This hypothetical would involve calcite minerals forming continuously during the Flood (creating all kinds of whacky patterns), with the lime mud burying shelled organisms (like trilobites/brachiopods) that were already alive at the onset of the Flood. In that case, however, we should find little or no trend when analyzing only fossils, and potentially some patterns when analyzing the calcite matrix. The fact that chemostratigraphic patterns are the same between fossils and matrix concludes a very definitive test, demonstrating that these geochemical signals reflect the shifting chemistry of ancient oceans over very long periods of time.2. The pattern in fossils results from contamination during the flood.
This is an easy idea to falsify. Contamination would only create a wild, inconsistent pattern. It would not create a pattern that could be correlated globally. However, the pattern of carbon-isotope variations from Cambrian to Quaternary is roughly the same across the entire globe. Whether you’re sampling rocks from Texas or Tanzania, layers of limestone determined to be the same age according to their fossil content also exhibit the same pattern of δ13C values over time. These values are invariably high for Permian-aged carbonates and invariably low for Ordovician-aged carbonates.
Thus, contamination is ruled out. 3. The fossils lived in different basins with different isotope ratios, leading to different isotope levels.
This argument is flawed in many ways.
For one thing, this would require the pre-flood ocean have little to no circulation in the form of currents in order for these unique basins to exist. However, ocean currents are important for circulating nutrients, heat, and oxygen. Many geologists and paleontologists cite changes or slowing of currents at major causes for extinction for this reason. A complete lack of ocean circulation would be very detrimental to the survival of anything in the ocean.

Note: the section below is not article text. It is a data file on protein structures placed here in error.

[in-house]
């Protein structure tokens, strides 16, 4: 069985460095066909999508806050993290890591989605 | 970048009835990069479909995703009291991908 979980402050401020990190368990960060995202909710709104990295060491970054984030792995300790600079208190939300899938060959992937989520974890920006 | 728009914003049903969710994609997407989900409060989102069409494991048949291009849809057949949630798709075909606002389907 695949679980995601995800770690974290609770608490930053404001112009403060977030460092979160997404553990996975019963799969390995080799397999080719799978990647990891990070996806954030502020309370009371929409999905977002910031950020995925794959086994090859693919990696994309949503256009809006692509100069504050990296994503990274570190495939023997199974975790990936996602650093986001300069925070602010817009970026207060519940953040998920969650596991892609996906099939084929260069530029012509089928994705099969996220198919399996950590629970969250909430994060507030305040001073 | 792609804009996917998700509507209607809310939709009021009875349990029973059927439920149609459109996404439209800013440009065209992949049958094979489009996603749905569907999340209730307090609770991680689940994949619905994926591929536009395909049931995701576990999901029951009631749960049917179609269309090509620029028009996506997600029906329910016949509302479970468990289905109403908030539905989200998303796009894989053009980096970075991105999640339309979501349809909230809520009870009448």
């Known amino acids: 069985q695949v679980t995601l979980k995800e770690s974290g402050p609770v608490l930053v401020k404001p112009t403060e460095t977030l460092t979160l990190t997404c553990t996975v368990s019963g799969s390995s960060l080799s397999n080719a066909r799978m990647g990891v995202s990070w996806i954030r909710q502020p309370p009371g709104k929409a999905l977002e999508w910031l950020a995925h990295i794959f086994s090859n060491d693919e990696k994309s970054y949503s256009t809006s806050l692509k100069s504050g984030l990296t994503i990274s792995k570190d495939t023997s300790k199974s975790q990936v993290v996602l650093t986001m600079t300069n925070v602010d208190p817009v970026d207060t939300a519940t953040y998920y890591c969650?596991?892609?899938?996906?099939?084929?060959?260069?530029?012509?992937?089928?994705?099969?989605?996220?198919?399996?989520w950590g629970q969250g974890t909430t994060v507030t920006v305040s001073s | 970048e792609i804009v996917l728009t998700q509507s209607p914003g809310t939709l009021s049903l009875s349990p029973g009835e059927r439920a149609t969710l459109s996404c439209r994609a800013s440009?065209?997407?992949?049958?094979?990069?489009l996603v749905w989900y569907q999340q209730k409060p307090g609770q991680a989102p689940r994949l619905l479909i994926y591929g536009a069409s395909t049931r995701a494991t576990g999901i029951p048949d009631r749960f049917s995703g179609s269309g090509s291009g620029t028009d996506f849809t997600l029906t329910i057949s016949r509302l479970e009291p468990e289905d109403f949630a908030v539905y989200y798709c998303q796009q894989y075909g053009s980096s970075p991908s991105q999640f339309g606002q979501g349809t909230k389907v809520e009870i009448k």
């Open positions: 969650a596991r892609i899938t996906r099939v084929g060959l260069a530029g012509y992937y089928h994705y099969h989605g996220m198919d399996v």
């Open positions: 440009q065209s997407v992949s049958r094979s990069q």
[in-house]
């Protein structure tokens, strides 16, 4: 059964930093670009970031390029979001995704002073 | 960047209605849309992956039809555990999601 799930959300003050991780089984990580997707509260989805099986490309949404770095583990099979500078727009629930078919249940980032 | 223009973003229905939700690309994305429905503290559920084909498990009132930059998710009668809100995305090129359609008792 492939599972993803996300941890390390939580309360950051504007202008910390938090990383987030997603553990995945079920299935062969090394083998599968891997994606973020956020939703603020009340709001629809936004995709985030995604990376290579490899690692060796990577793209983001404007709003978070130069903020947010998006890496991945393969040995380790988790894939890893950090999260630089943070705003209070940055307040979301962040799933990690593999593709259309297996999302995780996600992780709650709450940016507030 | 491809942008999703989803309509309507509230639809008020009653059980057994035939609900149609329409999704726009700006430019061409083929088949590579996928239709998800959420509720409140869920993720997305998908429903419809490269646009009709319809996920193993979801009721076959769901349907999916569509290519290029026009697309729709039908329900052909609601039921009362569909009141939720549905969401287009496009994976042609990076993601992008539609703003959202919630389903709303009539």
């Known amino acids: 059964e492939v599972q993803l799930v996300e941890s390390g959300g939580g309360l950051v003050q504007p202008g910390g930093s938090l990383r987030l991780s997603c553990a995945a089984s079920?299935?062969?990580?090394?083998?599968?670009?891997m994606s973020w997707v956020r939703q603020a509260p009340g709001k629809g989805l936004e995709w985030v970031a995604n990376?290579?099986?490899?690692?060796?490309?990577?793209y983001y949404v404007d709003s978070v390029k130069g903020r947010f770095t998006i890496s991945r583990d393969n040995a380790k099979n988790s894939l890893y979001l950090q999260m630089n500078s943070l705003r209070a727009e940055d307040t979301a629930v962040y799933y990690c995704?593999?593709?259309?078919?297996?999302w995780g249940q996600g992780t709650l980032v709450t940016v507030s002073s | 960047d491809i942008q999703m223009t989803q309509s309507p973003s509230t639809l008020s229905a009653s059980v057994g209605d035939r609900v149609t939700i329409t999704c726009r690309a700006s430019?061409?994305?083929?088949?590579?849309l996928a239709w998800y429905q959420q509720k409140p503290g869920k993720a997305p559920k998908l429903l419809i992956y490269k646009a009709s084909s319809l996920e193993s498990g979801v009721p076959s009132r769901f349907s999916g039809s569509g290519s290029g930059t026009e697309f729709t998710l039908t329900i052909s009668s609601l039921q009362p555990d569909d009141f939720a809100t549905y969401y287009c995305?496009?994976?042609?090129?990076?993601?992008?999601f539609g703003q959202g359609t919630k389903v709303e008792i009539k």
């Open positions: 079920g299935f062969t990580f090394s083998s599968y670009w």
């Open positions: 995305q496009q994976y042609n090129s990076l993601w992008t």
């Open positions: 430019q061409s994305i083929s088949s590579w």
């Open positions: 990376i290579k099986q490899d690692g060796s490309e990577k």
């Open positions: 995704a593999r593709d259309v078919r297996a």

Of course, YECs could cry "MIRACLE!!" to get around this, but that's not science, and isn't valid.
Even granting unique basins, however, this idea is still falsified by the observed patterns of isotopes.
If variations between one part of the ocean and another could account for trends in carbon isotopes, then we shouldn’t find the same temporal trends in different parts of the world (e.g. China vs. North America vs. Australia). On the contrary, the relative change in carbon isotopes correlates well from one site to the next. And we know the Flood could not transport these animals worldwide and deposit them by isotope ratios only! Not only does that defy common sense, but it also strips them of their "Ecological Zonation" sorting mechanism, which they desperately need.
This excuse, too, fails. 4. There are regional variations in the isotope records, thus they likely are not true global trends.
Regional variations don’t detract from the establishment of a global trend, quite simply because we know that 1) certain environments have local controls on isotopic values, which are superimposed on the global trend, 2) many isotopic excursions are associated with sea-level change, which may cause a hiatus in deposition, and 3) each region has its own burial history, and post-burial diagenesis can alter or blur the isotopic trend.
Given these potential difficulties, it’s rather impressive how well chemostratigraphy works in correlating sedimentary sections around the world. The SPICE event, for instance, is unmistakably global, despite these issues (4.). Many other events are as well, so the problem for Flood Geology still stands strong.5. The data is faked by secularists to hide the truth of Noah's flood.
Yeah, right. And NASA dumped Saturn V engines into the Atlantic just in case people went looking for proof we went to the moon.
Anyways, hope you all enjoyed! Comments and criticisms welcome!
1. http://questioninganswersingenesis.blog ... or-to.html
2. http://www.sciencedirect.com/science/ar ... 4199000819
3.https://ageofrocks.org/2014/08/23/chemo ... d-geology/
4.https://ageofrocks.org/2014/08/27/the-s ... bon-cycle/